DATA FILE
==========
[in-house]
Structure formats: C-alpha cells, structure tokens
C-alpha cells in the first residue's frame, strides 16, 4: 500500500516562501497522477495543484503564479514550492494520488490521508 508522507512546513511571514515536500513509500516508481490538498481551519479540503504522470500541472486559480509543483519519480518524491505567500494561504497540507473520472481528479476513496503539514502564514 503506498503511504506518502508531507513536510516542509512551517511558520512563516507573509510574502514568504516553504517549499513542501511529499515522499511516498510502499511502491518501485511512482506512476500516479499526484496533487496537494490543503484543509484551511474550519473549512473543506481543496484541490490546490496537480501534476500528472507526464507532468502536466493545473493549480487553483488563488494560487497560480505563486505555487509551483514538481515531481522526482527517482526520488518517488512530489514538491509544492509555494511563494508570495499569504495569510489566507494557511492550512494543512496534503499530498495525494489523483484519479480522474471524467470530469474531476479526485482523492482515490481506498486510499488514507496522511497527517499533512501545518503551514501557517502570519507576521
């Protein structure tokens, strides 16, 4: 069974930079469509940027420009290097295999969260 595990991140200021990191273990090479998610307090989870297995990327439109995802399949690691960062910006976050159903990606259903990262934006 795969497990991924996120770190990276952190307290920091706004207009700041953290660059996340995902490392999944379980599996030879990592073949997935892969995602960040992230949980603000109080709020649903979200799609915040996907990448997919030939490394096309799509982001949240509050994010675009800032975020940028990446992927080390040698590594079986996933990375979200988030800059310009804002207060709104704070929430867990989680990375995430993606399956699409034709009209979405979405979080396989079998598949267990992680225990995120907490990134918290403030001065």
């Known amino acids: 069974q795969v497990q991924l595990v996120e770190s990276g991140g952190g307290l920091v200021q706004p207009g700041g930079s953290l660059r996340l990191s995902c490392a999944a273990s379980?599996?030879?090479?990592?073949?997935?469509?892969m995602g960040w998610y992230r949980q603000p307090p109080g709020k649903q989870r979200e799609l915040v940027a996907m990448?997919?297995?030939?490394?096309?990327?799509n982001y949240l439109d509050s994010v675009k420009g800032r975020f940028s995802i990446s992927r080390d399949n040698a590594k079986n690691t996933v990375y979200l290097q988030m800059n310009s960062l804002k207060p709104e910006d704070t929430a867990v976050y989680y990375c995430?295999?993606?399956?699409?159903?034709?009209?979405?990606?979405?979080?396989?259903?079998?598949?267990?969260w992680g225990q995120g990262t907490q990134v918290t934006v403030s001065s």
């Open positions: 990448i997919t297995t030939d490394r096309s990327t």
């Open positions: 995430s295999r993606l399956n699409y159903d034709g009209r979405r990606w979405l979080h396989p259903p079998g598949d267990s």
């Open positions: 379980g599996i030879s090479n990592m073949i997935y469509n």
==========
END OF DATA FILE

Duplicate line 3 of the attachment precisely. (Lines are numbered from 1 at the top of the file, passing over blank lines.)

C-alpha cells in the first residue's frame, strides 16, 4: 500500500516562501497522477495543484503564479514550492494520488490521508 508522507512546513511571514515536500513509500516508481490538498481551519479540503504522470500541472486559480509543483519519480518524491505567500494561504497540507473520472481528479476513496503539514502564514 503506498503511504506518502508531507513536510516542509512551517511558520512563516507573509510574502514568504516553504517549499513542501511529499515522499511516498510502499511502491518501485511512482506512476500516479499526484496533487496537494490543503484543509484551511474550519473549512473543506481543496484541490490546490496537480501534476500528472507526464507532468502536466493545473493549480487553483488563488494560487497560480505563486505555487509551483514538481515531481522526482527517482526520488518517488512530489514538491509544492509555494511563494508570495499569504495569510489566507494557511492550512494543512496534503499530498495525494489523483484519479480522474471524467470530469474531476479526485482523492482515490481506498486510499488514507496522511497527517499533512501545518503551514501557517502570519507576521